Zach Braff Braff nearly single-handedly broke the Shins to a mainstream, worldwide audience when their music was featured in the pivotal "this song will change your life" scene of his indie-darling directorial debut, Garden State. And for Braff's Kickstarter-funded follow-up, I Wish I Was Here, he seems ready to give the same treatment to Bon Iver. Not only is the gorgeously moving Bon Iver, Bon Iver hit "Holocene" featured prominently in the soundtrack to the film, but Vernon also was so inspired by the movie that he wrote a brand new track, "Heavenly Father," which is used in the picture and the corresponding soundtrack.
Not only are Vernon's modern tones coursing through the musical accompaniment to the film, but the soundtrack is filled with artists who identify with and echo his sound. In addition to the aforementioned Coldplay and Cat Power duet, there are a smattering of other bands and musicians who can get the Braff/Bon Iver effect (patent pending). Braff also includes a glorious track from Badly Drawn Boy, "The Shining," the Mercury Music Prize winning English musician who himself was a precursor to Vernon's vulnerable, stark sound.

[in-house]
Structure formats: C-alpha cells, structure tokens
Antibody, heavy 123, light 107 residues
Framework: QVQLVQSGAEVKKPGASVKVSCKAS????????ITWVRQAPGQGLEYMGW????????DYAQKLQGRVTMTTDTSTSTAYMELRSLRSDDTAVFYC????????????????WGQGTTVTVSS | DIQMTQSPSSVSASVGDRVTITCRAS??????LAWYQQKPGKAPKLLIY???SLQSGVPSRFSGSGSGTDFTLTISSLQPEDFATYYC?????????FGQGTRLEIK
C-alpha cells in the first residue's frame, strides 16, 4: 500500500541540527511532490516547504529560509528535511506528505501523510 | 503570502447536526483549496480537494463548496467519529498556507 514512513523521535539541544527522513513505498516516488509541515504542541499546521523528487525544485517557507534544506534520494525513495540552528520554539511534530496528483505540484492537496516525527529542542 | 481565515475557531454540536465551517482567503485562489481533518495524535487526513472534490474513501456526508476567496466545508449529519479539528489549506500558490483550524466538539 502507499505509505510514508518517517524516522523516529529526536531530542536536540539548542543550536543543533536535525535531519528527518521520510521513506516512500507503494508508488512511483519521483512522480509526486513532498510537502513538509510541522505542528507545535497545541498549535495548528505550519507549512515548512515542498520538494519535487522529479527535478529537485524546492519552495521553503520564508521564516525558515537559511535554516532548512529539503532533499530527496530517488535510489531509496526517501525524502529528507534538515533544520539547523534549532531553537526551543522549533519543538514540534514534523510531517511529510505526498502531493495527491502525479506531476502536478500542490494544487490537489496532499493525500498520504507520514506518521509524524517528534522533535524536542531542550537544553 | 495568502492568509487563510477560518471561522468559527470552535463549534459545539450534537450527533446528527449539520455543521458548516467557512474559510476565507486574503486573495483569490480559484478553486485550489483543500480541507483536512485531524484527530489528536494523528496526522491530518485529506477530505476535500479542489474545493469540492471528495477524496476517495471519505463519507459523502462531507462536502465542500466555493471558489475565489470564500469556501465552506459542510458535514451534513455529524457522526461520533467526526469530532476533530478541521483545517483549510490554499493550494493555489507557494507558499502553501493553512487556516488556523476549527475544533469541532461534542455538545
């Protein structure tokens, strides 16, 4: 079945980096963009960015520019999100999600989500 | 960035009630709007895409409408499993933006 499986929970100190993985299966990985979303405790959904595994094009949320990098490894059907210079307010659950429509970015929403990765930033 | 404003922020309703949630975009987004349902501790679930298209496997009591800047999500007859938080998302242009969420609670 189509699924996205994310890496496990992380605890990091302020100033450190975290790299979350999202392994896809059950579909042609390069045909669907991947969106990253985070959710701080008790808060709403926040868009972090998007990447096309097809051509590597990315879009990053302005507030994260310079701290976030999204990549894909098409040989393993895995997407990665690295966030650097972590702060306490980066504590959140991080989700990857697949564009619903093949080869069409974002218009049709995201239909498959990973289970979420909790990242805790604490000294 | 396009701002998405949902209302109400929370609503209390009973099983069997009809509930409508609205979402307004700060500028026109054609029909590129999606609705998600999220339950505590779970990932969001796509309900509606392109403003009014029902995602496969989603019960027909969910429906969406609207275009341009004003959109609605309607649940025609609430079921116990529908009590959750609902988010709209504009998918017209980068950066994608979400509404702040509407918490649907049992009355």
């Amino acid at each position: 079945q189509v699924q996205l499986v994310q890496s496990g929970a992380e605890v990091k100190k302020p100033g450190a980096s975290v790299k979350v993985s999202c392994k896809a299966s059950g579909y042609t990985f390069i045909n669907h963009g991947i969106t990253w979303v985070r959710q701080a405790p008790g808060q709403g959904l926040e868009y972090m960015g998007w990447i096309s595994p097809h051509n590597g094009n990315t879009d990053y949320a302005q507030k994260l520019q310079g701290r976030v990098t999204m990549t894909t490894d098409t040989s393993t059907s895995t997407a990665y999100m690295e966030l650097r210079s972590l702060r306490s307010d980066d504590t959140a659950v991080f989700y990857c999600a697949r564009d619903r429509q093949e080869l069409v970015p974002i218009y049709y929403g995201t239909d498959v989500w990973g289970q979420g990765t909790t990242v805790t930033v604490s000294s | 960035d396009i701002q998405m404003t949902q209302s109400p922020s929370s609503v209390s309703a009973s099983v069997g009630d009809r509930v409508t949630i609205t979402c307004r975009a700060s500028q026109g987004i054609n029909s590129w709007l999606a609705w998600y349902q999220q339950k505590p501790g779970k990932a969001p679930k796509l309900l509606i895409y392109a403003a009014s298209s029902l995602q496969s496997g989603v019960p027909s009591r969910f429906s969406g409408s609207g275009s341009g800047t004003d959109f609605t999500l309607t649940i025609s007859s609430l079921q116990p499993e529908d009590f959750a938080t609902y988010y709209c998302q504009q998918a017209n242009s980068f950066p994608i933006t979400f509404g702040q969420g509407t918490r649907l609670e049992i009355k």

Justin Vernon Of course. It's not always the case that the artist themselves can effectively leverage their own notoriety, but if there's anyone doing it right, it's Justin Vernon. He doesn't seem to be in any hurry to release another Bon Iver record, but there's little doubt that his newfound fame has brought the spotlight to his other musical outlets. Both Shouting Matches and Volcano Choir received a significant Bon Iver bump, and that renewed interest led both projects to release successful albums within the past year. In addition to bands he's personally involved in, his past collaborators and close friends in Megafaun also have received attention due to their connection to Vernon, not to mention their original band DeYarmond Edison.
Bon Iver's drummer, S Carey, has also branched out on his own, releasing a pair of lovely albums that echo his collaborations with Vernon, and certainly garner more notice. Justin's vocal involvement on saxophonist Colin Stetson's New History Warfare Vol. 3: To See More Light gave that album a definite boost in consideration, with the record eventually getting shortlisted for the 2013 Polaris Music Prize. Even the Eau Claire music scene has been profoundly influenced by Justin Vernon's strong connection and continuing support shown to his hometown, with his April Base recording studio quickly becoming a go-to studio for both local and national acts alike. Vernon has proved that even if a new Bon Iver record never materializes, we will still continue to listen to whatever he creates, and the music world will still be influenced by his gracefully elegant sounds.